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MHA tells Delhi HC 'Jana Gana Mana' and 'Vande Mataram' stand on equal footing

The petitioner Ashwini Kumar Upadhyay, a practising lawyer and BJP leader, stated that India is a union, not a confederation of States and that it is the duty of every Indian to respect the Vande Mataram.

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The Ministry of Home Affairs (MHA) has informed the Delhi high court that the national anthem, Jana Gana Mana, and the national song, Vande Mataram are on equal footing and every Indian citizen must have the same respect for both.

MHA’s response came after the Delhi high court had sought a response from the MHA, Ministry of Education, Ministry of Culture, Ministry of Law and Justice, and others, to a Public Internet Litigation (PIL) that prayed for equal treatment between the anthem and the song. 

The petitioner Ashwini Kumar Upadhyay, a practising lawyer and BJP leader, stated that India is a union, not a confederation of States and that it is the duty of every Indian to respect the Vande Mataram.

“In order to keep the country united, it is the duty of the Government to frame a National Policy to promote-propagate Jana Gana Mana and Vande Mataram. There is no reason why it should evoke any other sentiment as both are decided by Constitution makers.”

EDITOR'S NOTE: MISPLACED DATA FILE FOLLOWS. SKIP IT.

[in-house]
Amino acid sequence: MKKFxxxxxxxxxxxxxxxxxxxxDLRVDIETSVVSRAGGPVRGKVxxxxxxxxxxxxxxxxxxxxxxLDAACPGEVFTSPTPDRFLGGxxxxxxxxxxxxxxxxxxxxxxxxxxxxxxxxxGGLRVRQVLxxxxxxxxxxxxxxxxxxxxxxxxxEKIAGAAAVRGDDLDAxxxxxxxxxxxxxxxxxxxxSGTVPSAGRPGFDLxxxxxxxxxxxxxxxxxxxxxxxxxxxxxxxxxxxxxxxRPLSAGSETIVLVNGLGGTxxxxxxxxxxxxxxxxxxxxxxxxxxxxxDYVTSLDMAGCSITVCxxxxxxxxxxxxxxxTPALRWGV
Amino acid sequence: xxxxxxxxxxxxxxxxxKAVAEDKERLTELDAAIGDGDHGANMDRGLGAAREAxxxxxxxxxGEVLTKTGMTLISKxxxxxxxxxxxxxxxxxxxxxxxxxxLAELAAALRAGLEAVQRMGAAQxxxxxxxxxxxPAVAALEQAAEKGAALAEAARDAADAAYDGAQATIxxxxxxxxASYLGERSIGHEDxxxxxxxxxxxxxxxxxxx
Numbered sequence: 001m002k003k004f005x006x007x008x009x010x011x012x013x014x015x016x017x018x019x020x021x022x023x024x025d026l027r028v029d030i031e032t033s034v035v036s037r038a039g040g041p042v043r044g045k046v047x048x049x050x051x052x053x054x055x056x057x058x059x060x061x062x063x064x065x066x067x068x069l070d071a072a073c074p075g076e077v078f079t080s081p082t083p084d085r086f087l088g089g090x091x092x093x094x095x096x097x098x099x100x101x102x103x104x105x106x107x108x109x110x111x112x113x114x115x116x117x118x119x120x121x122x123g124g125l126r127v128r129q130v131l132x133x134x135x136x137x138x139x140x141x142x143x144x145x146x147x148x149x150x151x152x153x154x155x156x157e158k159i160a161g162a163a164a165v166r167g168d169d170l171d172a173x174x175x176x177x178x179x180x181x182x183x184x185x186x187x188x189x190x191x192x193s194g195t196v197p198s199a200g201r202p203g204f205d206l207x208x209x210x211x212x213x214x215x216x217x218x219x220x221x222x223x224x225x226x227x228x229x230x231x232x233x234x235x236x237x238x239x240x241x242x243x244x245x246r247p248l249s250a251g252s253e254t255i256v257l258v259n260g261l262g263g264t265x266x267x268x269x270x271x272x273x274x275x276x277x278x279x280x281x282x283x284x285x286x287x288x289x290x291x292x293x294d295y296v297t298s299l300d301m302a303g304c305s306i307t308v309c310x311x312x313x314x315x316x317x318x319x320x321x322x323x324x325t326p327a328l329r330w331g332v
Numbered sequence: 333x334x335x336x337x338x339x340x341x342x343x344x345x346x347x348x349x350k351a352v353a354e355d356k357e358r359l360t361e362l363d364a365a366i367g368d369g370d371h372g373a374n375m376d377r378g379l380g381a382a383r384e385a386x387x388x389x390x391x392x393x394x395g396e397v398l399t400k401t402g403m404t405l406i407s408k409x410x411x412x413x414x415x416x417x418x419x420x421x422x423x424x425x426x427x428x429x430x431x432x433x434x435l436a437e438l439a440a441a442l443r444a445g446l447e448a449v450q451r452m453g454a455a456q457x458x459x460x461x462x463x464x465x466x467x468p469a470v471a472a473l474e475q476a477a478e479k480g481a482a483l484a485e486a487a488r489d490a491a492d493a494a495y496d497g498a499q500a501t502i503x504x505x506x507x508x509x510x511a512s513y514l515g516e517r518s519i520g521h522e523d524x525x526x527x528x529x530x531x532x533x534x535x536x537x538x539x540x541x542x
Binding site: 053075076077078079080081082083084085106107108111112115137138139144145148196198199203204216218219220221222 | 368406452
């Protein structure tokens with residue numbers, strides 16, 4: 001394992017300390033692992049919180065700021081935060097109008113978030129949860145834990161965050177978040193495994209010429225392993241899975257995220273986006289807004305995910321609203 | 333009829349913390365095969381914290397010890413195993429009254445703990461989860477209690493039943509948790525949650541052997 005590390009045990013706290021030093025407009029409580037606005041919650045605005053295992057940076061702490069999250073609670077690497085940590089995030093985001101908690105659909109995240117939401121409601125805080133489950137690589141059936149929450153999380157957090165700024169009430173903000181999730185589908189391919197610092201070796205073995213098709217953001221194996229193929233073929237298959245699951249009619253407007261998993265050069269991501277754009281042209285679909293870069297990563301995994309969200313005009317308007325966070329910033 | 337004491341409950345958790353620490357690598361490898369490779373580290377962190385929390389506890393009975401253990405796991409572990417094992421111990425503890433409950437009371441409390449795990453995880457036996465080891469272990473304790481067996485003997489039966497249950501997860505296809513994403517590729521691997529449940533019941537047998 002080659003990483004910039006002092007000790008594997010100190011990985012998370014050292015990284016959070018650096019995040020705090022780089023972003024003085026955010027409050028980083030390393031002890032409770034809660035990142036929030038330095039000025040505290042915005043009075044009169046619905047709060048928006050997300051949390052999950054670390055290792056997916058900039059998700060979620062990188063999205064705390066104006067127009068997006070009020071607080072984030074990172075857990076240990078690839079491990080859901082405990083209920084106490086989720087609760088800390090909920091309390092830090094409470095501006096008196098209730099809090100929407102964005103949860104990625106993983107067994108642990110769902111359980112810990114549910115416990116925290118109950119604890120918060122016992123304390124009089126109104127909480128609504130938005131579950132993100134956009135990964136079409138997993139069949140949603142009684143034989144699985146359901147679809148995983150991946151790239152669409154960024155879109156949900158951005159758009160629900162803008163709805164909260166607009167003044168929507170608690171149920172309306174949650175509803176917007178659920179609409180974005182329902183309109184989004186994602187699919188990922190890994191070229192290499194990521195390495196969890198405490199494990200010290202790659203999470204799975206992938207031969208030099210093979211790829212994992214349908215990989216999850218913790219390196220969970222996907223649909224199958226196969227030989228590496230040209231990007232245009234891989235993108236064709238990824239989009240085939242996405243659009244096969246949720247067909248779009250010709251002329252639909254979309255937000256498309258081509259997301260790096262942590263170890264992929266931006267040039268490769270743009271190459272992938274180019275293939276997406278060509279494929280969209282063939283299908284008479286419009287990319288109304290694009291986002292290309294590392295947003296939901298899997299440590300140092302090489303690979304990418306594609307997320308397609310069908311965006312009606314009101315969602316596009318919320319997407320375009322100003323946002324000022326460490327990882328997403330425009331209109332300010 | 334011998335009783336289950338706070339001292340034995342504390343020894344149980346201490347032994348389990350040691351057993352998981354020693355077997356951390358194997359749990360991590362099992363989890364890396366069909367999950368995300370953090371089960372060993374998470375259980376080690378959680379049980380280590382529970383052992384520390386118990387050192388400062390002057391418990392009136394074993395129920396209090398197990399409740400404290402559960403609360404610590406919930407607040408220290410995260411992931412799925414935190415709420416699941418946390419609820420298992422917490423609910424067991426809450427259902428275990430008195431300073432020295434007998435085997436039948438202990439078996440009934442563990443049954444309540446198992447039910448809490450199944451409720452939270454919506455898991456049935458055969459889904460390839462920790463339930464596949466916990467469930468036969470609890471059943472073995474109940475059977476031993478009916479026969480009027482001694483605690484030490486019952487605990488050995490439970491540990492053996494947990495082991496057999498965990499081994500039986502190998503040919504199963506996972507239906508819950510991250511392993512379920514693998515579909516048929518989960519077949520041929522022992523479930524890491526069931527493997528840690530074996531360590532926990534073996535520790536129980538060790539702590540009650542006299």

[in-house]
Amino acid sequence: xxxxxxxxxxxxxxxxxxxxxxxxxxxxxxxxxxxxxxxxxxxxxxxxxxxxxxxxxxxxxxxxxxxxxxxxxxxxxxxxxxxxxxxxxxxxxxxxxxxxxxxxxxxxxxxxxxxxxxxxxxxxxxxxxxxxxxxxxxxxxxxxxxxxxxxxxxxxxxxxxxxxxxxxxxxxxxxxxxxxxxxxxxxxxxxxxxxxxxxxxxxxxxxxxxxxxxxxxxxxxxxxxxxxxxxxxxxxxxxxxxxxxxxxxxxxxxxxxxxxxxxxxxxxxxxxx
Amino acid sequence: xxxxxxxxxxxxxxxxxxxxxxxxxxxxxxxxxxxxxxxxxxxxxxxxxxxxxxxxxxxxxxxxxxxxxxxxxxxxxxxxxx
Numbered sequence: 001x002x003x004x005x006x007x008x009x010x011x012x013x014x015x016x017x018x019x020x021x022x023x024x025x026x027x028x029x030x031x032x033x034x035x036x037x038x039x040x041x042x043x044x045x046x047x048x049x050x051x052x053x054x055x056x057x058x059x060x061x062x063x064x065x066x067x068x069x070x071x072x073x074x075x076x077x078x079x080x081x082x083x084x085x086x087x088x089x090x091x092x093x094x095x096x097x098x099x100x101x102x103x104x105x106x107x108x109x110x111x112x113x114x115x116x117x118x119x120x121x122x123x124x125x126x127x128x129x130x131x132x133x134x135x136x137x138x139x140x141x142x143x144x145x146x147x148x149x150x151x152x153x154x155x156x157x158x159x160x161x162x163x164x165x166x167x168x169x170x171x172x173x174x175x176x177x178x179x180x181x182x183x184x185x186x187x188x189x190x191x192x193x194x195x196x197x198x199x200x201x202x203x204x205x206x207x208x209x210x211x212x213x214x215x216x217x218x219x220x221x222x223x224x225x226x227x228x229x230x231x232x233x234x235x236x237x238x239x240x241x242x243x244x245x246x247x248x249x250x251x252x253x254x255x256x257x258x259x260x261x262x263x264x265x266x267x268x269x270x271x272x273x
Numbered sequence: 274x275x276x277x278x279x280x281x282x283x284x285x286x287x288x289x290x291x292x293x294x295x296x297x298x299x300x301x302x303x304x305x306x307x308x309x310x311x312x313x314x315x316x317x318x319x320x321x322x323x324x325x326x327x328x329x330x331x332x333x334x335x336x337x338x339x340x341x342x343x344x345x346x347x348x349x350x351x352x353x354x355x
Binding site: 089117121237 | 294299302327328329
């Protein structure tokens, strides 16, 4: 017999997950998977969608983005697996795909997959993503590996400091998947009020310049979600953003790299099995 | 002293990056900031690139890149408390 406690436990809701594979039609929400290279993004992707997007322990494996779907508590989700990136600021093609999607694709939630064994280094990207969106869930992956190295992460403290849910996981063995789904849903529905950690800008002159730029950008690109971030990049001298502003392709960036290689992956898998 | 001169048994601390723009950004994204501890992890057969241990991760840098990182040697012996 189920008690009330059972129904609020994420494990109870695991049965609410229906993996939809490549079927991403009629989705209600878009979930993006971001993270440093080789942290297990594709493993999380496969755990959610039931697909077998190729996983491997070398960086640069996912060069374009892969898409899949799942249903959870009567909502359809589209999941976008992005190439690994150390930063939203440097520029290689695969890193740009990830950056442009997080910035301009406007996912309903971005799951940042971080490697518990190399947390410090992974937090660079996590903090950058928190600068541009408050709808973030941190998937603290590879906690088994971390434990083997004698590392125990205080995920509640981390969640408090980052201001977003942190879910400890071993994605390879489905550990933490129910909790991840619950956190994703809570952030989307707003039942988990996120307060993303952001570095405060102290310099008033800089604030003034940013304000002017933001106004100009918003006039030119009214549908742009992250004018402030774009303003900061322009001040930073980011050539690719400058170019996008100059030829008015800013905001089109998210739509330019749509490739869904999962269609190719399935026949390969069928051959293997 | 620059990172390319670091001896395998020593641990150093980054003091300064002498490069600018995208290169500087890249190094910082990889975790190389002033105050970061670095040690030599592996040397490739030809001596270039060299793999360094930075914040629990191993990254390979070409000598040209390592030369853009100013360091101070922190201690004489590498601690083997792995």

The plea also sought direction to the Centre and State governments to ensure that Jana Gana Mana and Vande Mataram are played and sung in all schools and educational institutions on every working day and also to frame guidelines in the spirit of the Constituent Assembly resolution dated January 24, 1950, read with the Judgment passed by the Madras High Court and Supreme Court of India.

“The sentiments expressed in Jana Gana Mana have been expressed while keeping the State in view. However, sentiments expressed in Vande Mataram denote the nation’s character and style and deserve similar respect,” said the plea.

Making a case for Vande Mataram, it added, “Vande Mataram was the whole nation's thought and motto when India gained independence from British rule during the independence movement. Large rallies, fermenting initially in major cities, worked themselves into a patriotic fervour by shouting the slogan Vande Mataram. The British, fearful of the potential danger of incited populace, at one point in time, banned the utterance of Vande Mataram in public places and imprisoned many independence activists for disobeying the prescription,” the plea said.

The petition further cited examples of moments the song was sung—Rabindranath Tagore sang Vande Mataram in 1896 at the Calcutta Congress Session; Dakshina Charan Sen sang it five years later in 1901 in another Congress Session at Calcutta; Sarala Devi Chaudur sang it in Benares Congress Session in 1905, and Lala Lajpat Rai started a journal called it from Lahore.
 

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